Era of Reform Baptism
Era of Reform

The rite of initiation into Christian faith and communion.

Baptism of Jesus, by Lucas Cranach

Four distinct patterns of baptismal theology and practice emerged from the era of reform. Liturgical practice among Protestants reflected these diverse understandings, while Roman Catholic practice was little changed.

Roman Catholic: The Council of Trent (1545-1563) reaffirmed the theology of baptism inherited from the middle ages. Among other things, this theology claimed that the unbaptized could not be saved. Since the Roman Catholic Church had adopted the practice of infant baptism as its norm, catechesis had ceased to play any real role in baptism. Renunciation of the devil, parental profession of faith, and the actual baptism with water were the most pronounced features of the Roman Catholic rite of baptism. Baptism was considered necessary for salvation. It was understood to cleanse the recipient from original sin and also to leave the baptizand free of actual sin.

Lutheran: Lutherans retained infant baptism but altered their understanding of its nature. Luther and other conservative Protestant reformers also quietly abandoned the notion that unbaptized infants are condemned without, they hoped, diminishing the importance of baptism. The Lutheran view of baptism is summarized in a listing of its benefits in Luther's Small Catechism: "In Baptism God forgives sin, delivers from death and the devil, and gives everlasting salvation to all who believe what he has promised." Lutherans maintained that baptism, functioning as a promise, simply bestowed these gifts. At the same time, the Lutherans insisted that these gifts can only be received by saving faith. Thus Luther typically argued that infants are capable of faith and that the presence of faith is a condition of effective baptism.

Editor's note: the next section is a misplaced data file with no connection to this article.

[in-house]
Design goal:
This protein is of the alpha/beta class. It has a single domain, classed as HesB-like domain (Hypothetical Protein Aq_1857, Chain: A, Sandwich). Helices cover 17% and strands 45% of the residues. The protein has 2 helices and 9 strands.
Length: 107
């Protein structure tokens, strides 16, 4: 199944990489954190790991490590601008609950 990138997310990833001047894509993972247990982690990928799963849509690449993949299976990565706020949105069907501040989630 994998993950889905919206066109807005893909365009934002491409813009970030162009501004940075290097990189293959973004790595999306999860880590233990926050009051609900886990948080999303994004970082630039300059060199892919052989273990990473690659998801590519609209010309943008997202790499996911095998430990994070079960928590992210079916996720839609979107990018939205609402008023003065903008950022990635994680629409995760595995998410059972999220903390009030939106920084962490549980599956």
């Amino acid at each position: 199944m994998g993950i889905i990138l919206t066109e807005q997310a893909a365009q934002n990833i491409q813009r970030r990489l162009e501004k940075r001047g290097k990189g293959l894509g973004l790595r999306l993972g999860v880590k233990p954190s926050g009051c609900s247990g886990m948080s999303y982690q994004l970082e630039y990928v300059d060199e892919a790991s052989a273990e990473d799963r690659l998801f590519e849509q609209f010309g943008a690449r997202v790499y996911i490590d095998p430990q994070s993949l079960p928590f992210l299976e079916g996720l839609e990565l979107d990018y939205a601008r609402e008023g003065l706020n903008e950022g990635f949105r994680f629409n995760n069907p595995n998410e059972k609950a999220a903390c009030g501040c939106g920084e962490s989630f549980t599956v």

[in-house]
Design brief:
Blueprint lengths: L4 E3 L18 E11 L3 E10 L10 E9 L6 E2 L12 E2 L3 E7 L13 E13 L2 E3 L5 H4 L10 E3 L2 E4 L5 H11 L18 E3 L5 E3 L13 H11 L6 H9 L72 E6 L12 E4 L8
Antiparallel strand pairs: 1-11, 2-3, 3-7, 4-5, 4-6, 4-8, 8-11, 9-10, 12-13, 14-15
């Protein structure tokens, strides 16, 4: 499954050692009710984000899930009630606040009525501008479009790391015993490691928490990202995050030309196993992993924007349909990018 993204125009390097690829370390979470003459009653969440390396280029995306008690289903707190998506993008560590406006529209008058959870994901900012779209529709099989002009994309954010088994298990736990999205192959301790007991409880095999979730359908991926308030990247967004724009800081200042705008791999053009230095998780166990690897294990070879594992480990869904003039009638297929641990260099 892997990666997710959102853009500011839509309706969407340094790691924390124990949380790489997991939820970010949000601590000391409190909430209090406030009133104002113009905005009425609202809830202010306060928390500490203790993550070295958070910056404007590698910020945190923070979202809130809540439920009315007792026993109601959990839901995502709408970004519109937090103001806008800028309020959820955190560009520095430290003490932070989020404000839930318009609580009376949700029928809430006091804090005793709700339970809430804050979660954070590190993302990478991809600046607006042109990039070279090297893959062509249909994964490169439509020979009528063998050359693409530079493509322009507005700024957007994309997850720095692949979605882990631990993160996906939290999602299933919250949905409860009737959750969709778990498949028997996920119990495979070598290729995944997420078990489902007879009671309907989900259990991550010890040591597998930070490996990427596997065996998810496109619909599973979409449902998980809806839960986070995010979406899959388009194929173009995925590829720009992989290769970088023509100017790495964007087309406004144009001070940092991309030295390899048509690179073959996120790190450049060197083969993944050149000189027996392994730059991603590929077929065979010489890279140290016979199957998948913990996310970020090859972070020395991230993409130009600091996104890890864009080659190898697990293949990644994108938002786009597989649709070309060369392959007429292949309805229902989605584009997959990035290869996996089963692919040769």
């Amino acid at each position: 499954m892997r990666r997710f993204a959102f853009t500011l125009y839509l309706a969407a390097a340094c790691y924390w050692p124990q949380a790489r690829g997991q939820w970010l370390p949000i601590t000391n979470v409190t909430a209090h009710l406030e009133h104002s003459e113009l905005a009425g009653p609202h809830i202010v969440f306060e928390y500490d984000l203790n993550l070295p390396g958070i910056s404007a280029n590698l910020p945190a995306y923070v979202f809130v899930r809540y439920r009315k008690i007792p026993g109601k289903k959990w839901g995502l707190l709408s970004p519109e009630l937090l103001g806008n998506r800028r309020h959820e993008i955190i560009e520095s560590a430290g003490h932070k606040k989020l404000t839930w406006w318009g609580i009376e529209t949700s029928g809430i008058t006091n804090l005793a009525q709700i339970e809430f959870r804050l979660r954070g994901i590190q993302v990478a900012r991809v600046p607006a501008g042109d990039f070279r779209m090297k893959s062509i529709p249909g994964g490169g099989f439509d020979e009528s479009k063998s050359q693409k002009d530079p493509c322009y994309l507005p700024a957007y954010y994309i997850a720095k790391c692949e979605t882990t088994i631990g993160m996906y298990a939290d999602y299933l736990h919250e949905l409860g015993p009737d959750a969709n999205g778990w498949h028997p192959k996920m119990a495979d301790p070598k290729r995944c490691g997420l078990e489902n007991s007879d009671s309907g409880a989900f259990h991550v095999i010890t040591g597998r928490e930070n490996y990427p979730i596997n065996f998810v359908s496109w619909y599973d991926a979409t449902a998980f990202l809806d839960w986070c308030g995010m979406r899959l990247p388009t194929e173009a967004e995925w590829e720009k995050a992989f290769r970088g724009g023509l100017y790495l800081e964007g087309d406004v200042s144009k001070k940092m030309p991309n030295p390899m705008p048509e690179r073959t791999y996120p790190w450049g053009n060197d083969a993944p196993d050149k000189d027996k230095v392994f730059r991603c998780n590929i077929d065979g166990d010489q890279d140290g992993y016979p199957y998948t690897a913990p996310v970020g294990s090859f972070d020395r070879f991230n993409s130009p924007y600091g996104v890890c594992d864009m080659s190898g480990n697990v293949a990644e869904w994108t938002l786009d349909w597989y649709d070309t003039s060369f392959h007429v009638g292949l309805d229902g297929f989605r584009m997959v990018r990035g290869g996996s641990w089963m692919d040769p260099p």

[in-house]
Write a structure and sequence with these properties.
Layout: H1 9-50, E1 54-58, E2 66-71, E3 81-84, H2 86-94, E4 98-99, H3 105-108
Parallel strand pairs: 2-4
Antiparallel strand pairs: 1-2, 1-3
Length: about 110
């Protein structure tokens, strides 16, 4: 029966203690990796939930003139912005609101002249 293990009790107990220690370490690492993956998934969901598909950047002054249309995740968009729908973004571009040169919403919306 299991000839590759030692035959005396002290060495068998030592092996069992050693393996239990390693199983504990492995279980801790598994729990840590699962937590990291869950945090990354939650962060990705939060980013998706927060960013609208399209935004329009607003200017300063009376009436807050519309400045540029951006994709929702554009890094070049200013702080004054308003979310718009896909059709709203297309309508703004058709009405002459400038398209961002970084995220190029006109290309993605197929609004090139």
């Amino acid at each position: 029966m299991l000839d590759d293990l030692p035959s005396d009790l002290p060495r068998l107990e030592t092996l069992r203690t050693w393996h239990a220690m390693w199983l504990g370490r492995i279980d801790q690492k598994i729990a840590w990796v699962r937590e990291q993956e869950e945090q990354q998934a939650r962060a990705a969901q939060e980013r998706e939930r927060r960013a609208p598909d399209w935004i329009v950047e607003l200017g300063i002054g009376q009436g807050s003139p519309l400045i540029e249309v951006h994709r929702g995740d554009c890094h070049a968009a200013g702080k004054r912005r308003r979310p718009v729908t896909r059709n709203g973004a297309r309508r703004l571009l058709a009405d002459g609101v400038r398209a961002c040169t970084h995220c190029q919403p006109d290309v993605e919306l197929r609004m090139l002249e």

Reformed: The Reformed tradition retained the baptism of infants, but rejected or diminished the claim that baptism is contingent on the faith of the child baptized. For Zwingli baptism resulted in the incorporation of the child into the community of faith. For him the sacrament functioned as an initiatory sign analogous to circumcision in the Old Testament. John Calvin argued that the theme of baptism is incorporation into the faith and discipline of the church. In the Institutes of the Christian Religion, Calvin maintained that three gifts are imparted in baptism: the sealing of the forgiveness of sins, impulses to reform the believer in newness of life, and communion with Christ.

Radical: The radical reformers rejected infant baptism and administered this rite only consequent to conscious repentance, faith, and conversion on the part of the recipient. While understandings of baptism differed considerably among various factions, most considered baptism as a profession of individual faith, as a covenant of membership in the believing congregation, and as a preparation for the possibility of martyrdom.

Anglican: The Church of England retained the baptism of infants, but the English reformation did not produce a distinct pattern of baptismal theology or practice. This is reflected in the Prayer Book of 1552 which contains a baptismal liturgy prepared by Thomas Cranmer. This rite implies some influence from Reformed theology. In practice Cranmer retains some of the inherited Roman Catholic form, rejects other portions of it, and seems in other instances to borrow from the Genevan reforms of John Calvin.

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